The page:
[llvm-dev] try/catch with std::errc::bad_address

Herbie Robinson via llvm-dev llvm-dev at lists.llvm.org
Sun Jul 3 18:37:48 PDT 2016

I was curious how std::errc::bad_address was handled; so, I made up this 
test case (fault_test.cpp):

#include "fault_test.hpp"
#include <exception>
#include <system_error>

static int n;

void fault_test(int *p)
   std::error_code ec = make_error_code(std::errc::bad_address);
   std::system_error e = std::system_error(ec);

     n += *p;
     std::cout << "No fault.\n";
   catch(const std::system_error &e)
     std::cout << "Caught the fault.\n";

int get_sum(void)
   return n;

The fault isn't caught by the catch clause, It just faults in the try 
compound_statement (running it under Xcode).  Thinking about this a 
little bit, I can see why anything implementing unwinding using the GGC 
algorithm would decline to implement this (because the exception usually 
wouldn't be handled and that would be pretty rude debug behavior).

I was wondering if:

1,  The Windows SEH algorithms can handle this?

2.  LLVM is prepared to handle exceptions arising out of anything that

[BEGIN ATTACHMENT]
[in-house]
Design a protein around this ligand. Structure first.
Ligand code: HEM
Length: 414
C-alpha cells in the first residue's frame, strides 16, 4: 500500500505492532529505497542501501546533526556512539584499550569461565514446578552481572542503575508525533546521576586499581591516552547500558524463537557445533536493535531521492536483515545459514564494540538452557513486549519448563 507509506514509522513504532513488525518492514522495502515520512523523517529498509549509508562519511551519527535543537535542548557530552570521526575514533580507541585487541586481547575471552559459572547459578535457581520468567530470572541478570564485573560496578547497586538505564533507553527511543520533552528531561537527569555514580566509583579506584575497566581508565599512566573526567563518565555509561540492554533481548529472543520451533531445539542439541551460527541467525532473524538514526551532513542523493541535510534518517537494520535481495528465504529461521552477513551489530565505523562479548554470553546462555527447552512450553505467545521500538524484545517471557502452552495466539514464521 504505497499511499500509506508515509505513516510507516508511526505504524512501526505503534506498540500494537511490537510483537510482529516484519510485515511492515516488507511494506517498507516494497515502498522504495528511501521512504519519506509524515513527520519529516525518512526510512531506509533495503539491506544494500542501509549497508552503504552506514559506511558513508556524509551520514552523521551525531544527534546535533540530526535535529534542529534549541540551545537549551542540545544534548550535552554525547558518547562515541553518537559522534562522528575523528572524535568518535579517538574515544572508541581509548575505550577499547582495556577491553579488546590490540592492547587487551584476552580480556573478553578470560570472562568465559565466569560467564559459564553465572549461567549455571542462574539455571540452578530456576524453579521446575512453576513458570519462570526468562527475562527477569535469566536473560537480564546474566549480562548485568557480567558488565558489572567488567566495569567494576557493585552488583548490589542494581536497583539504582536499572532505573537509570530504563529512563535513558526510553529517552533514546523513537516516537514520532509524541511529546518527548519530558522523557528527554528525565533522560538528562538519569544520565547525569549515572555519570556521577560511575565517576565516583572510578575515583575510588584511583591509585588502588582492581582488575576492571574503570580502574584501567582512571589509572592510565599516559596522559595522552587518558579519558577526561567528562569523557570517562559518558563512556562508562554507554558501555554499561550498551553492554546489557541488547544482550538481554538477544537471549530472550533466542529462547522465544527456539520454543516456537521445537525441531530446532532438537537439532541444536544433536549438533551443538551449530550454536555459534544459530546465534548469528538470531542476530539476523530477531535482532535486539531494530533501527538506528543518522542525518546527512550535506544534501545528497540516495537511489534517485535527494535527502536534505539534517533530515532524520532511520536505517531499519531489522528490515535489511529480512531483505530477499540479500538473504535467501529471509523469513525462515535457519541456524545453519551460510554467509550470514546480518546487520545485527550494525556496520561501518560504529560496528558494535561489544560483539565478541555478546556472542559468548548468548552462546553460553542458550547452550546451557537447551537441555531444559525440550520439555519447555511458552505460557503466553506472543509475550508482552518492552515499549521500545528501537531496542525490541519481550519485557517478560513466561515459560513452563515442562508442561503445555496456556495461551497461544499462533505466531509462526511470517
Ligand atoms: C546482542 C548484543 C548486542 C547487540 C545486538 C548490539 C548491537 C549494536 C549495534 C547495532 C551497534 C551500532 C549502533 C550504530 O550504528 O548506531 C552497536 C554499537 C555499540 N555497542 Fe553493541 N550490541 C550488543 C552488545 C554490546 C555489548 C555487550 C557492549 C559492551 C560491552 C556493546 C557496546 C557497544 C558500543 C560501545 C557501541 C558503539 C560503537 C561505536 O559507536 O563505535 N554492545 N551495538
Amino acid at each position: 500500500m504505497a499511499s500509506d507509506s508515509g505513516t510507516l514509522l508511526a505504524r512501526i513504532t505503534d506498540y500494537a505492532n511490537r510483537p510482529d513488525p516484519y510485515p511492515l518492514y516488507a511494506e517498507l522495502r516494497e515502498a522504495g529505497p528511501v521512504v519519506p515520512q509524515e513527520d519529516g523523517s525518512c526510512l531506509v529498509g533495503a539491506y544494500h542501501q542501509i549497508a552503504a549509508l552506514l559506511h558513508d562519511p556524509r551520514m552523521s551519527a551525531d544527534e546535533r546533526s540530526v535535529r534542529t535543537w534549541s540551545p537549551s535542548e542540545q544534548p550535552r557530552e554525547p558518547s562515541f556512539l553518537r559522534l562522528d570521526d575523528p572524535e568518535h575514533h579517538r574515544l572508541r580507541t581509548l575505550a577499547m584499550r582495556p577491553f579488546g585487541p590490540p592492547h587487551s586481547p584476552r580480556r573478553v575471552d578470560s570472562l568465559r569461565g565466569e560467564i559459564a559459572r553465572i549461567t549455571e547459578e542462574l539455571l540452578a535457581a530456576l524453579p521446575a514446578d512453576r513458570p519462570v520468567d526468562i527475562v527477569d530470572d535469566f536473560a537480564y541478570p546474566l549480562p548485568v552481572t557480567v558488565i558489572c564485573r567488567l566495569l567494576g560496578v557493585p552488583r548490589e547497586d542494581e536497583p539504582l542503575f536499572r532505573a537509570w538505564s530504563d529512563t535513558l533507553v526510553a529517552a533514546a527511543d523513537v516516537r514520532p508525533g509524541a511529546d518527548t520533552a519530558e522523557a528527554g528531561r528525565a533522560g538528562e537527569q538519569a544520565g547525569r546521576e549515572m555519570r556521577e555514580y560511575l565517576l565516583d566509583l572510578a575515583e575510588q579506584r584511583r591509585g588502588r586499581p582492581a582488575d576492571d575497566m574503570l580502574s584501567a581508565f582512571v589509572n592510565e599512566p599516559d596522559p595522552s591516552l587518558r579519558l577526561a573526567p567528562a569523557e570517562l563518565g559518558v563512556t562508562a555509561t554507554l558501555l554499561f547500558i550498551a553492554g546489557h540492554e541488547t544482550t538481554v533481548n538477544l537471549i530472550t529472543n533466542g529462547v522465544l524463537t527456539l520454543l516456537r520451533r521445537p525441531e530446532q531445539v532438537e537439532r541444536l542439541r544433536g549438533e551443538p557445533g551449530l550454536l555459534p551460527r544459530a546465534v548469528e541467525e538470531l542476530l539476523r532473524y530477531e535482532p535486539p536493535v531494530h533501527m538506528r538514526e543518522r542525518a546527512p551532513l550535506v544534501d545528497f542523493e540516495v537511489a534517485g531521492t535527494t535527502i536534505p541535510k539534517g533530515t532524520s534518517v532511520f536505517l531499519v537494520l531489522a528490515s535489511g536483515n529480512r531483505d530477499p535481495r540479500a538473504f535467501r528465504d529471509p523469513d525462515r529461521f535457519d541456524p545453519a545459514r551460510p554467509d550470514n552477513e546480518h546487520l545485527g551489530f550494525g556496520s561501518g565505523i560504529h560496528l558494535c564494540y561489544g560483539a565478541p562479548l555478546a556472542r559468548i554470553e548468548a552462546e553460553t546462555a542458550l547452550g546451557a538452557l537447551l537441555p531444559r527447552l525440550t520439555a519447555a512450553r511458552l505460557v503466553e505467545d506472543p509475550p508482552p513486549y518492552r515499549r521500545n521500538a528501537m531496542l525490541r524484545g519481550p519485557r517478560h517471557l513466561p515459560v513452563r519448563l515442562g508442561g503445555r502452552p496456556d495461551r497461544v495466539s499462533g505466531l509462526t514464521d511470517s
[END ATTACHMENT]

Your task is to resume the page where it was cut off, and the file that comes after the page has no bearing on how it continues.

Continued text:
happens in the try compound statement or only calls?

The reason I ask is that other OSes that one might port to do support 
catching general faults in their unwind mechanisms.  I believe Multics 
implemented that in pl1 way back when:  The idea is to keep your kernel 
gates as fast as possible by just making sure output arguments point at 
things the user is allowed to modify and letting the exception handler 
catch faults arising from bad reads.

The other files for the test:


#include <iostream>

extern void fault_test(int *p);
extern int get_sum(void);


#include "fault_test.hpp"

int main(int argc, const char * argv[]) {
   // insert code here...

   std::cout << "Sum = " << get_sum() << "\n";
     return 0;

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